Background checks have been a major sticking point for Uber and Lyft. Both, for instance, dropped serious loot to spike a law in Austin. They also threatened to leave Maryland over a proposed fingerprint background check system. If laws there had gone into place, you might’ve seen more stories like this: more than 8,000 drivers for the ride-hailing services failed new background checks in Massachusetts—reportedly including 51 sex offenders.
The Boston Globe says the state’s new law ensnared drivers for anything from license suspensions to violent crimes and sexual offenses.
The state reviewed the criminal and driving records of nearly 71,000 drivers who had already passed reviews by the companies, and rejected 8,206 — about 11 percent.
Hundreds were disqualified for having serious crimes on their record, including violent or sexual offenses, and others for driving-related offenses, such as drunken driving or reckless driving, according to the state Department of Public Utilities.
The agency said it rejected 51 applications from sex offenders and 352 for incidents related to “Sex, Abuse, and Exploitation.”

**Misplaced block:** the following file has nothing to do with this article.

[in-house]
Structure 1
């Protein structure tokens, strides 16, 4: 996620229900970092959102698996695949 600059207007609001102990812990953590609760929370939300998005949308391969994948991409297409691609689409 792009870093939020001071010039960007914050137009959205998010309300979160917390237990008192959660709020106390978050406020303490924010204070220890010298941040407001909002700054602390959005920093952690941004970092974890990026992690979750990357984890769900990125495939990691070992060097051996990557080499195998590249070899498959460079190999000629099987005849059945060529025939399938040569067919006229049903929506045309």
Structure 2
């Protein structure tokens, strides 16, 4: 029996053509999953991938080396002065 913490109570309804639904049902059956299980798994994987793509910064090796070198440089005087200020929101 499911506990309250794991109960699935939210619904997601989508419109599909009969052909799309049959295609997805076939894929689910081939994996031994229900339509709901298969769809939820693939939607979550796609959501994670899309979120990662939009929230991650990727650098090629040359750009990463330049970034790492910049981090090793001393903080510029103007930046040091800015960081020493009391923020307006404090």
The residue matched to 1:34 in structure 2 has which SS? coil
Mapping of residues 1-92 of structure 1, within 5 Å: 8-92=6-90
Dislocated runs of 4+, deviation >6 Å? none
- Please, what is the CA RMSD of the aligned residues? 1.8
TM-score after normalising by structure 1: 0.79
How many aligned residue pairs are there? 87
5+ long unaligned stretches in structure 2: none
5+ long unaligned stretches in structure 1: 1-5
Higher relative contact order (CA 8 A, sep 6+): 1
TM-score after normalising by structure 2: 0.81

The new system launched in January, and the Globe reports it rejected “many drivers” who passed Uber and Lyft’s own reviews. “These statistics show clearly that passengers were potentially at risk before regulations took effect,” Mayor Carlo DeMaria of Everett told the newspaper.
Background checks for Uber and Lyft drivers remains a particularly relevant point in Massachusetts; on Christmas Day, for example, a Lyft driver was charged for allegedly stabbing a passenger. Turns out, the driver had a prior conviction that, according to Lyft’s background check standards, should’ve made her ineligible to drive.
Uber and Lyft, expectedly, weren’t pleased by the new findings. From the Globe:
Uber and Lyft each pointed out that they are limited by state law to checking just the last seven years of an applicant’s history, which they said explains why so many drivers they had passed flunked the government’s more thorough review. Lyft said only “a small percentage of our drivers failed,” while Uber added that the unlimited reach of the government’s background checks is unfair to drivers who are trying to overcome past troubles.
“Thousands of people in Massachusetts have lost access to economic opportunities as a result of a screening that includes an unfair and unjust indefinite lookback period.
“We have an opportunity to repair the current system in the rules process so that people who deserve to work are not denied the opportunity,” the company said.
A license suspension or a petty theft? Sure, those riders should get a chance to drive, if they want. But maybe that wasn’t the best tone for Uber to strike, given the findings included sex offenders that Uber’s system didn’t catch?
The Globe says those denied as a result of the background check can only drive for one of the services if they succeed on an appeal.